Monday, February 27, 2017

sabbatical end

We have interesting hopes and sometimes unreal expectations of life and others. Day after tomorrow is Ash Wednesday. Around the church, nation and world, folks will — it won’t be flock but maybe a few will trickle in — to church, to line up, queue down the center aisle, and each person hear the warning from Genesis 3:19, “Remember that you are dust, and to dust you shall return” as the forehead is smudged with ashes (I smudge with my thumb and make a cross). It’s the notice of mortality that the Lord God spoke to Adam as we were ejected from the Garden. It’s what I expect, and to be returned- and scattered-dust, yea until Sol expands to consume “this fragile Earth, our island home,” and her planets. 

Life is short, and we haven’t much time to gladden the hearts of those who travel with us - - so be quick to love, and make haste to be kind …
That was a wandering, again off into the brambles, the mental habit that marks my being. Where I began was the Ash Wednesday some thirty or thirty-five, years ago as the day ended and I put away my little pyx of ashes that I had, maybe uncreated is the word, from palm crosses. In those days I would early in the evening excuse myself from the Shrove Tuesday pancake supper, go next door to the church sacristy, grab the bunch of palm crosses from Palm Sunday last year, go outside, burn them to crisps, and crush the chars into ashes, to be ready for Ash Wednesday services the next day, beginning just after dawn, ending just after sunset.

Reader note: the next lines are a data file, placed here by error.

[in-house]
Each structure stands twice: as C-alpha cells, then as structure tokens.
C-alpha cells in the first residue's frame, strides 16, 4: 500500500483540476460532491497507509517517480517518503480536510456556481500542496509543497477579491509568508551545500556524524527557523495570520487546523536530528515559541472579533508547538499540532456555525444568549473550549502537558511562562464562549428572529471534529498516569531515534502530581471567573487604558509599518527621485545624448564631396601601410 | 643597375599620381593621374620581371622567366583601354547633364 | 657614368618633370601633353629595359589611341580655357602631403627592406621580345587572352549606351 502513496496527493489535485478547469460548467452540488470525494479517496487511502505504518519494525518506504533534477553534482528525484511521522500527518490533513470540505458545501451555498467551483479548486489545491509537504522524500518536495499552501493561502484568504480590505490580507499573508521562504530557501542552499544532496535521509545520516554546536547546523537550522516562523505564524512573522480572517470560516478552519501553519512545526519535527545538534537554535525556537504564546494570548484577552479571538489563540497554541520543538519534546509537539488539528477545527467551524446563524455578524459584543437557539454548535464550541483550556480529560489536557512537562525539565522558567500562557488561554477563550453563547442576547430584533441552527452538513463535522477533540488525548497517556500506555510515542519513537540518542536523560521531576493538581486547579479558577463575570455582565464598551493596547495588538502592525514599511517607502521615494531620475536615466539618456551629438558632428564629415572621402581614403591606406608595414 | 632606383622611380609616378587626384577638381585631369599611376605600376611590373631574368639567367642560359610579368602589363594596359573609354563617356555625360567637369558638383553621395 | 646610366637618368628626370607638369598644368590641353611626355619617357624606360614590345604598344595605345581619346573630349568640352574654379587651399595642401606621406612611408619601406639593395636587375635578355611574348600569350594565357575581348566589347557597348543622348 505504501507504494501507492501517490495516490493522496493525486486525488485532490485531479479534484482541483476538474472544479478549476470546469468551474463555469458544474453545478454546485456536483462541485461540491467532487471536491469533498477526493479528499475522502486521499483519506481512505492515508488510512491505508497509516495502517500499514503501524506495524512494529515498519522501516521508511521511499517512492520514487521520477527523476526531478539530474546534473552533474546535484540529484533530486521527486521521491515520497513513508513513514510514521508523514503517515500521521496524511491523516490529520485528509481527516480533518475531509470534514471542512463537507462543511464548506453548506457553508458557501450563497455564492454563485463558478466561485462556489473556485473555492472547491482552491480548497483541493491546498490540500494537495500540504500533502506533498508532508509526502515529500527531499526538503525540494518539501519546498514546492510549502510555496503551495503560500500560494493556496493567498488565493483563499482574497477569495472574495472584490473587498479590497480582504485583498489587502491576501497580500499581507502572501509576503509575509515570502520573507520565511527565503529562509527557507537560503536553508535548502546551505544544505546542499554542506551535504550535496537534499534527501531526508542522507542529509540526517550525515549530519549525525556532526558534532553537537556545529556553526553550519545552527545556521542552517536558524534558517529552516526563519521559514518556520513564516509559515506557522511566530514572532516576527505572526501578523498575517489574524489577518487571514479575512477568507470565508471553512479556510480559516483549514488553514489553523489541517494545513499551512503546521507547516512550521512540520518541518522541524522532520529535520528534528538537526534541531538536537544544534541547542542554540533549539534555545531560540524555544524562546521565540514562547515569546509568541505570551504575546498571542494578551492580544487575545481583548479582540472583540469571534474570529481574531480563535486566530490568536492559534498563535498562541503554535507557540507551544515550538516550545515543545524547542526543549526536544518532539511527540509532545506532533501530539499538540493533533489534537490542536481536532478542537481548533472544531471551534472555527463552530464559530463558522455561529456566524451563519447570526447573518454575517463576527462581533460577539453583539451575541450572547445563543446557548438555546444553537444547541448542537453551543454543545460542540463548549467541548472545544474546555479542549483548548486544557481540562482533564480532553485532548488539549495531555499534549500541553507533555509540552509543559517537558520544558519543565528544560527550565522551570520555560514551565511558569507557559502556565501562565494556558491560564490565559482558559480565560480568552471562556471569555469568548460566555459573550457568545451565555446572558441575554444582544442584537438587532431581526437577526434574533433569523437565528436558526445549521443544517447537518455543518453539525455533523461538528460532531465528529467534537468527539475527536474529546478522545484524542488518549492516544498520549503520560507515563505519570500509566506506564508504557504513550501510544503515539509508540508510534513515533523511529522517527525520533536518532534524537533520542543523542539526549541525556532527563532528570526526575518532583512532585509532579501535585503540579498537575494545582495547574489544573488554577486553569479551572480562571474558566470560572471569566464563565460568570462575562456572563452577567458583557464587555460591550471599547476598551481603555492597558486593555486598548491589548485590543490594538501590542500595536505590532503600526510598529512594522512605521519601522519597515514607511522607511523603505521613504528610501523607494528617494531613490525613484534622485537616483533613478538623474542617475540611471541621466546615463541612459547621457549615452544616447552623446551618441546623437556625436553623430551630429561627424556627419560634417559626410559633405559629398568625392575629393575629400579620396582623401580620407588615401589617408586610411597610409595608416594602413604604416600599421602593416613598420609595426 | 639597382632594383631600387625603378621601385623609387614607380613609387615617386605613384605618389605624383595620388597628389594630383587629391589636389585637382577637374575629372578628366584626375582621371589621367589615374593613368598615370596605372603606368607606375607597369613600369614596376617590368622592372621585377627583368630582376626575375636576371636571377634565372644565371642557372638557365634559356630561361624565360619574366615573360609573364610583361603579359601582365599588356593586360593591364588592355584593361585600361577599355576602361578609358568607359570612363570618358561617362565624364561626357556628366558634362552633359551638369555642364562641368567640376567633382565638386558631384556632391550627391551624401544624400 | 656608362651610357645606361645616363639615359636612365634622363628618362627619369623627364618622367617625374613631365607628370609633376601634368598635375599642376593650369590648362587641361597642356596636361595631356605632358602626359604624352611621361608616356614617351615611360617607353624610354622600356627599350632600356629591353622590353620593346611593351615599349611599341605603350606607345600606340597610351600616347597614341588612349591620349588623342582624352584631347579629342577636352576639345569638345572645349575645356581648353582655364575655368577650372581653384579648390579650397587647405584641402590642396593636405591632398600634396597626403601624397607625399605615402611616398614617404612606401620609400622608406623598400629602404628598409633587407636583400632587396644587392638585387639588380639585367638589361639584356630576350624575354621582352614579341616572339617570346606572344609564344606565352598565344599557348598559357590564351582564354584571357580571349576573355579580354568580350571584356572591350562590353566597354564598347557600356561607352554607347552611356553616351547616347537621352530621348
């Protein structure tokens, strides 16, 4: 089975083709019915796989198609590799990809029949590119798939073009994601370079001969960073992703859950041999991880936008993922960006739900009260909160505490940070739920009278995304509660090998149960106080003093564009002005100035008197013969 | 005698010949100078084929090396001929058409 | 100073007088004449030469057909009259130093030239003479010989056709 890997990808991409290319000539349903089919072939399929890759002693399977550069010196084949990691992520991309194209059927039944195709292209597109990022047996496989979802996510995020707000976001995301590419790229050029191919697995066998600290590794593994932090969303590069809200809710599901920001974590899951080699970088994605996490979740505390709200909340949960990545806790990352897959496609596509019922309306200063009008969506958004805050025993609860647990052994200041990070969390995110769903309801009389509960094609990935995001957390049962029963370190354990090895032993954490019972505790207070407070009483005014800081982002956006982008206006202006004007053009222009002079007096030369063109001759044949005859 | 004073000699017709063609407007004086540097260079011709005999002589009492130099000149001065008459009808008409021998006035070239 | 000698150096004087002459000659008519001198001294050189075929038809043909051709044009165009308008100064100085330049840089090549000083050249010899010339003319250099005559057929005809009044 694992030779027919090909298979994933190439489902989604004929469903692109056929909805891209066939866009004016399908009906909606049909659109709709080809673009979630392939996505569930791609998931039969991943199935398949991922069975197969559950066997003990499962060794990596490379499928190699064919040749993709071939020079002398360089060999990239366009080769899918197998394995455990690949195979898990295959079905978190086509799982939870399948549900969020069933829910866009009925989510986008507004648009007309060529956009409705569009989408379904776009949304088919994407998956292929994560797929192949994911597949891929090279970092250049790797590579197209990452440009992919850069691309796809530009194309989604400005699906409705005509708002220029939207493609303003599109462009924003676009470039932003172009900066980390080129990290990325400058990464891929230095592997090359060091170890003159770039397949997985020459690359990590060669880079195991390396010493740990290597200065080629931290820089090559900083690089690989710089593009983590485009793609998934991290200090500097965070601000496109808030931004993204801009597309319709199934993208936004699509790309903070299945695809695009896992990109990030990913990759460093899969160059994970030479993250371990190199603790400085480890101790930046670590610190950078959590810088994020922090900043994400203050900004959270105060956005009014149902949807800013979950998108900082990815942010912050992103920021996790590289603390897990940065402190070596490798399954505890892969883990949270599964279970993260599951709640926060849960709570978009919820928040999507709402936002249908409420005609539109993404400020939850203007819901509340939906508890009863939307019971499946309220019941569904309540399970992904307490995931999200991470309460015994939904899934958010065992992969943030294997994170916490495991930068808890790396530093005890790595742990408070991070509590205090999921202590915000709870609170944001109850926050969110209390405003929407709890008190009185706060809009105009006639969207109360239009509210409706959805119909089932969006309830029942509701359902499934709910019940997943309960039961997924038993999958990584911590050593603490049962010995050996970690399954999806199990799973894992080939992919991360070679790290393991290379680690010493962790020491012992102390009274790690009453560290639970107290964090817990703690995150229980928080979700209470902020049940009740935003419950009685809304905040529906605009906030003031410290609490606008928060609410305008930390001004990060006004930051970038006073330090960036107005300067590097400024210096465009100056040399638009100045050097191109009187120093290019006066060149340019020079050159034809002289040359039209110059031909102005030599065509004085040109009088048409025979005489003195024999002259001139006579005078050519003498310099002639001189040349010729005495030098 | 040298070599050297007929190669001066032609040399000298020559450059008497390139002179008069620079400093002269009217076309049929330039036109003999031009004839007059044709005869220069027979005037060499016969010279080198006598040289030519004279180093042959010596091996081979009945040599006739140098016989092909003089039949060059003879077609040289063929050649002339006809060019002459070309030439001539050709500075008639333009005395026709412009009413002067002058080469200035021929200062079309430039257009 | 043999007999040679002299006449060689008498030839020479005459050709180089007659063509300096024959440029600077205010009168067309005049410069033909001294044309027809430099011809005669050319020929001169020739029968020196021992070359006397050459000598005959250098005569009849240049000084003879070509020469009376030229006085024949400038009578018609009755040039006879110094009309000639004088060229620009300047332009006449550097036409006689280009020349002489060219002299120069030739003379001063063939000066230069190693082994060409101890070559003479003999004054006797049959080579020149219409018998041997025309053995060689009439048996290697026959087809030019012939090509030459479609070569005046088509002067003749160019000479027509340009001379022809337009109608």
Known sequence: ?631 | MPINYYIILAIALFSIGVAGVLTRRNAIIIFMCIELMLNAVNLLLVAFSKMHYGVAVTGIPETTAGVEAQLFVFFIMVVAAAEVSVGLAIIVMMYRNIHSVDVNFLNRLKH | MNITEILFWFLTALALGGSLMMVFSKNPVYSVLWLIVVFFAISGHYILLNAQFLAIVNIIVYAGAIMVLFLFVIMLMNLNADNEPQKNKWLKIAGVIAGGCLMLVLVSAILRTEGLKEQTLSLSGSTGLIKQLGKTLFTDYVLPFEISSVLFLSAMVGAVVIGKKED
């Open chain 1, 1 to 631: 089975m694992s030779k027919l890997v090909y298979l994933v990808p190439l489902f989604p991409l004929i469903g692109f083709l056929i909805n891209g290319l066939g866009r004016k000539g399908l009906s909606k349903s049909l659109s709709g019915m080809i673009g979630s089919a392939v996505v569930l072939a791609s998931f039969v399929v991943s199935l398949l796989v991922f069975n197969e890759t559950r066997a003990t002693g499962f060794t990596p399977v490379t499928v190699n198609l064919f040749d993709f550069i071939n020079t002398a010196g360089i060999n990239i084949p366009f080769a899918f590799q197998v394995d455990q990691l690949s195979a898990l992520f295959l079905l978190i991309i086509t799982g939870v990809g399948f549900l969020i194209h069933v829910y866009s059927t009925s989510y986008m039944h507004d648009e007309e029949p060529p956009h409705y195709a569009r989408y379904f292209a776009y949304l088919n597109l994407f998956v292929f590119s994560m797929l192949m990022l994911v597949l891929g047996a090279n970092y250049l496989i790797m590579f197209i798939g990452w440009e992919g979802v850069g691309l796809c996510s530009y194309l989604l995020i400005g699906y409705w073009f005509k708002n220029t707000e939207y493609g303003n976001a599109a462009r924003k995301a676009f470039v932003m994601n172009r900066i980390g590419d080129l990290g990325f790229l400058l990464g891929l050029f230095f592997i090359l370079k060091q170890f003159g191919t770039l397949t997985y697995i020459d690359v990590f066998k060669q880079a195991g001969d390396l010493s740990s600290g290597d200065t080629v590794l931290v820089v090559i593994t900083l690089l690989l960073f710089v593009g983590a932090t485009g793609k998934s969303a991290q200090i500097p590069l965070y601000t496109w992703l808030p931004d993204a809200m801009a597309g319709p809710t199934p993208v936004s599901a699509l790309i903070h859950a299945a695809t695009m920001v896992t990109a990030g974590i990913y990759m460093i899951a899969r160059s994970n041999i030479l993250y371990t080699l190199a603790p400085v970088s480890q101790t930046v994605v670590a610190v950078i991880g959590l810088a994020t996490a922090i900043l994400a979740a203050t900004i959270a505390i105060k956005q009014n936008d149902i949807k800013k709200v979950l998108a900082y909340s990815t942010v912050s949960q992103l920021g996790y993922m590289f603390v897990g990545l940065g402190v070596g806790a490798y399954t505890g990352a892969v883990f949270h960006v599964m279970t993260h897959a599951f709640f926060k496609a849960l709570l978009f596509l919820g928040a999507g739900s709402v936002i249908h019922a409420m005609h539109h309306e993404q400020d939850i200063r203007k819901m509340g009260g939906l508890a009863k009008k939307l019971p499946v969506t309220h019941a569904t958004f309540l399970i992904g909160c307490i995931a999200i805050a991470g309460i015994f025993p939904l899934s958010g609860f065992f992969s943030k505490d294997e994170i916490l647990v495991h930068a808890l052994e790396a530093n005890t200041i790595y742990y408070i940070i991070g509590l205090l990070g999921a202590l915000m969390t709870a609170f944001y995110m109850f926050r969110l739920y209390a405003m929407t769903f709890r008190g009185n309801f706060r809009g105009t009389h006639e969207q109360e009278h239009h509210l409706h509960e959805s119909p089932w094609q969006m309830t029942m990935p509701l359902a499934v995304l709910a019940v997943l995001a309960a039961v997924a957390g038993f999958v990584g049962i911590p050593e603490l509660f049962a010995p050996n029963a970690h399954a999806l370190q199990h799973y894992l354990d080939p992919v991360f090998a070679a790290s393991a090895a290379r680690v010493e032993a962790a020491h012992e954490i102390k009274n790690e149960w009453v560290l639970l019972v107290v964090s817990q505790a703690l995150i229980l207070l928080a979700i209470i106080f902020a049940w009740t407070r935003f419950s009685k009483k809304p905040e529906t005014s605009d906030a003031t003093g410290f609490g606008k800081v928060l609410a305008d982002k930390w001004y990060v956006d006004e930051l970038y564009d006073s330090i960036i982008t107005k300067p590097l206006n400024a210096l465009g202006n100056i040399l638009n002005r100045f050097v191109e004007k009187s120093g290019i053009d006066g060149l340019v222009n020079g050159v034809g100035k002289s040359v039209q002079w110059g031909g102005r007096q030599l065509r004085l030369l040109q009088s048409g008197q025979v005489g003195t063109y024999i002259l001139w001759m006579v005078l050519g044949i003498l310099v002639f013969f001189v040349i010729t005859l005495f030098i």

It’s almost time to go Walk, so I’ll wrap up this memory. On the next day, the Thursday after that particular Ash Wednesday, a parishioner phoned me sobbing. Oh my goodness, JaneDoe, I remember exclaiming, what’s wrong, what happened? I’m sick at home, she said, and you didn’t bring ashes to my home yesterday. 

!!!I thought!!! JaneDoe, I sez to her, I sez, sezz-I, imposition of ashes is not a sacrament, we don’t carry ashes to homes and hospitals like Holy Communion, it's not a sacrament. But I would have for you if you had asked, if you had told me. Why didn’t you tell me you wanted me to bring ashes out to your house?

Father Weller, you should have known, says she, hanging up the phone.

DThos+ at sabbatical end

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